I think it’s worthwhile to mention that the word “dragon” carries a lot of cultural baggage with it. The image of a four-legged, winged, fire-breathing lizard is a much later concept. “Dragon” or perhaps “drake” in Greek describes a large snake. It is used in conjunction with the more general term “serpent” in Revelation 12:9. He is not an ordinary snake, to be sure, since he is described as having “seven heads and ten horns, and on his heads seven diadems” (Revelation 12:3). But we must be careful so that we do not impose our cultural images upon the Bible. Yet this imagery recalls Genesis 3, where the snake tempts Eve into eating the forbidden fruit. As Satan sought our destruction from the very beginning, he remains a “roaring lion, seeking someone to devour” (1 Peter 5:8).

However, Satan is defeated by “the blood of the Lamb and by the word of their testimony” (Revelation 12:11). The death and resurrection of Jesus silenced the devil who had previously tried to tempt Him to sin. Christ’s resurrection proves that the devil is a liar, because it is undeniable proof of His righteousness. Yet Satan is also defeated by the witness of the saints, because the reign of Christ is not yet complete (Hebrews 2:8; 1 Corinthians 15:25). Bearing witness about the hope within us is an assault on the powers of darkness (2 Corinthians 10:4). This is Christ’s work within us, engaging us as soldiers in His victorious campaign to put all things under His feet.

Therefore, Satan should not make us abnormally afraid, as if he had the power to do as he pleases. “Resist him, firm in your faith, knowing that the same kinds of suffering are being experienced by your brotherhood throughout the world” (1 Peter 5:9). The shield of faith extinguishes his flaming darts (Ephesians 6:16). He should not be underestimated, of course. His anger is fierce and he is unwavering in his rage. But he stood no chance against heaven. If God Himself is for us, who can be against us (Romans 8:31)? Those who are with us are more than those who are with him (2 Kings 6:16).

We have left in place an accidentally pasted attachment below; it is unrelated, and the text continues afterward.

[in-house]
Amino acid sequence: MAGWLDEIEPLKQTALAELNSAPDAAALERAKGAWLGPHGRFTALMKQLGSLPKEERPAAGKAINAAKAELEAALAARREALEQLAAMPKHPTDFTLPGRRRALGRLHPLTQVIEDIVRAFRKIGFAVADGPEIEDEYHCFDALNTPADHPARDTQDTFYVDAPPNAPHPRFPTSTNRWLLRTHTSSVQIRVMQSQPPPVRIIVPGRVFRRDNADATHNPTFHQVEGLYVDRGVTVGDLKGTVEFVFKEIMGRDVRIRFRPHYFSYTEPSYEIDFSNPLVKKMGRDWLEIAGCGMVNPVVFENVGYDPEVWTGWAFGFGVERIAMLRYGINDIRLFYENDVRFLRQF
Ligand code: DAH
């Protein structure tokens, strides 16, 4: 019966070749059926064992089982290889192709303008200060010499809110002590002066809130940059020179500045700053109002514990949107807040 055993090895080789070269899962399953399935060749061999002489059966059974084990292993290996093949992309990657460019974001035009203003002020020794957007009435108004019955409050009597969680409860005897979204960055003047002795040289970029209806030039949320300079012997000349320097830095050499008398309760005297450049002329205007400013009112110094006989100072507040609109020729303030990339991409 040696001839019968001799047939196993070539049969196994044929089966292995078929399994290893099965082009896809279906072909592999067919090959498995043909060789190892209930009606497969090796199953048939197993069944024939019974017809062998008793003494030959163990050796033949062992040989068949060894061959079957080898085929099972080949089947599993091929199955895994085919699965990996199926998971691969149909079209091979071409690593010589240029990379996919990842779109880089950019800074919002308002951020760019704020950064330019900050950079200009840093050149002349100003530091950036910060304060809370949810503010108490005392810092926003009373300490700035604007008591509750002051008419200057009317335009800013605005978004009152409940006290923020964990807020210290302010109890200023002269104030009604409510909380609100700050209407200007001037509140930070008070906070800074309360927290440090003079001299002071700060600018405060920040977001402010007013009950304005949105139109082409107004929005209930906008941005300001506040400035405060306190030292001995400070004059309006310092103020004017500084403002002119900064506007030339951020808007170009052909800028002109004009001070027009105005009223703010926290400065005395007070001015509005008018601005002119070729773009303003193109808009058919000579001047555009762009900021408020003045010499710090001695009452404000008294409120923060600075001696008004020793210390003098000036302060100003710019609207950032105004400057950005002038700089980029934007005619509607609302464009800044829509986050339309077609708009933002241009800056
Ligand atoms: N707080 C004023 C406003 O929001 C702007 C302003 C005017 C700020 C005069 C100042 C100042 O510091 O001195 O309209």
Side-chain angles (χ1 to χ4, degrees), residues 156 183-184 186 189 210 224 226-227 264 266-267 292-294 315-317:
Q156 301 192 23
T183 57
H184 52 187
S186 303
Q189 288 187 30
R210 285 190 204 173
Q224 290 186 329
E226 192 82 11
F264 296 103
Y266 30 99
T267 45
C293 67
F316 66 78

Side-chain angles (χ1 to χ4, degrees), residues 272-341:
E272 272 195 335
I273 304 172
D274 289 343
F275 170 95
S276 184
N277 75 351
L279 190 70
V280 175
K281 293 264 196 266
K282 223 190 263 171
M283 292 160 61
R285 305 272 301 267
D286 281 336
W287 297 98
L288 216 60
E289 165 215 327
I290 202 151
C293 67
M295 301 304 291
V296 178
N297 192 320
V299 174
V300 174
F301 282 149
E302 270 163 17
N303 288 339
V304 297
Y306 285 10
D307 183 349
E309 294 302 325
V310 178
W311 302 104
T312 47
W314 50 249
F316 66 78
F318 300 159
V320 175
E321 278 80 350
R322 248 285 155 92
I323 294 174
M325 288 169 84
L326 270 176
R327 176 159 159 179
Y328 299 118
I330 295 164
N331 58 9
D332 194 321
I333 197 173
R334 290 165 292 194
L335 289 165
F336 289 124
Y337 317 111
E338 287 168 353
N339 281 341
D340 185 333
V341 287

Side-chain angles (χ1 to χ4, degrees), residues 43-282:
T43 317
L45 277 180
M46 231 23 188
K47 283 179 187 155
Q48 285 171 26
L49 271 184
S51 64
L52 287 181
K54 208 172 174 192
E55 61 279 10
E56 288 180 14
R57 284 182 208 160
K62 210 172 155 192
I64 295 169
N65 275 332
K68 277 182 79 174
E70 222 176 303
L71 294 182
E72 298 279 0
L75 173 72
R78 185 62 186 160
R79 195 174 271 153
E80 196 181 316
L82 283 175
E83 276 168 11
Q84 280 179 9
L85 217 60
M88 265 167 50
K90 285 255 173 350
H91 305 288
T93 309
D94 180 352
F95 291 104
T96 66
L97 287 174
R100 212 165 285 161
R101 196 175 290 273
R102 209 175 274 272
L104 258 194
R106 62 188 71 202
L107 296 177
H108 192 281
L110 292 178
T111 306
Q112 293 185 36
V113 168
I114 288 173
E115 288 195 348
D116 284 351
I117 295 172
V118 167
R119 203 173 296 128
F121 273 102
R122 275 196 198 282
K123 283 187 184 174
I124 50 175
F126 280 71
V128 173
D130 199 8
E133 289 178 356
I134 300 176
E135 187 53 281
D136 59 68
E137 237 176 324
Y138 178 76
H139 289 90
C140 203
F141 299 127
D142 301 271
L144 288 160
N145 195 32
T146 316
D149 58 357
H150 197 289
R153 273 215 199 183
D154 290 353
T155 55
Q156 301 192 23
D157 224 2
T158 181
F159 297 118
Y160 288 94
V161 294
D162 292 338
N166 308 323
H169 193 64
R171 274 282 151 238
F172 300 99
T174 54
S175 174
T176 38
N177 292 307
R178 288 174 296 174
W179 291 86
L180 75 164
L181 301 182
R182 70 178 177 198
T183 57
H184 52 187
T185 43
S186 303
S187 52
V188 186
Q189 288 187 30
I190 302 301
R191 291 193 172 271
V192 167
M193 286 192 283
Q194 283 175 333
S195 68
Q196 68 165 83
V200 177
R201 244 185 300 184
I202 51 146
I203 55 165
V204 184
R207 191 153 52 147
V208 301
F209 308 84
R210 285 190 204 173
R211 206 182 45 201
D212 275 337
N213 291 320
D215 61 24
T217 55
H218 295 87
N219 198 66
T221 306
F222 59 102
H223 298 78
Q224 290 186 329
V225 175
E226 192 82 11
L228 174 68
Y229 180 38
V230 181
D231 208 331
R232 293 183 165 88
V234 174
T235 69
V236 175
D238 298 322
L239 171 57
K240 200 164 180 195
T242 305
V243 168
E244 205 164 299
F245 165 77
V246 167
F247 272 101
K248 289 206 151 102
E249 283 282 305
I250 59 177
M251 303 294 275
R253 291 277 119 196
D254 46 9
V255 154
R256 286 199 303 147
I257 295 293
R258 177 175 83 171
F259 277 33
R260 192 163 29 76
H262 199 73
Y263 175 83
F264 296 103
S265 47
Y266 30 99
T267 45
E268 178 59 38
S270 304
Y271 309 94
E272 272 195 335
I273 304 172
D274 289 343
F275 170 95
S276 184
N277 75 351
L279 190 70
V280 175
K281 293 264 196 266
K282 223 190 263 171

Fifth Sunday after Trinity: 1 Kings 19:11-21

Elijah has been very zealous for the Lord of Hosts.  The reading for the Fifth Sunday after Trinity is part of a larger section beginning in 1 Kings 16:29.  “Ahab the son of Omri did evil in the sight of the Lord, more than all who were before him.  And as if it had been a light thing for him to walk in the sins of Jeroboam the son of Nebat, he took for his wife Jezebel the daughter of Ethbaal king of the Sidonians, and went and served Baal and worshiped him” (1 Kings 16:30-31).  Ahab is deliberately wicked, and Elijah is sent to proclaim the Word of the Lord to him.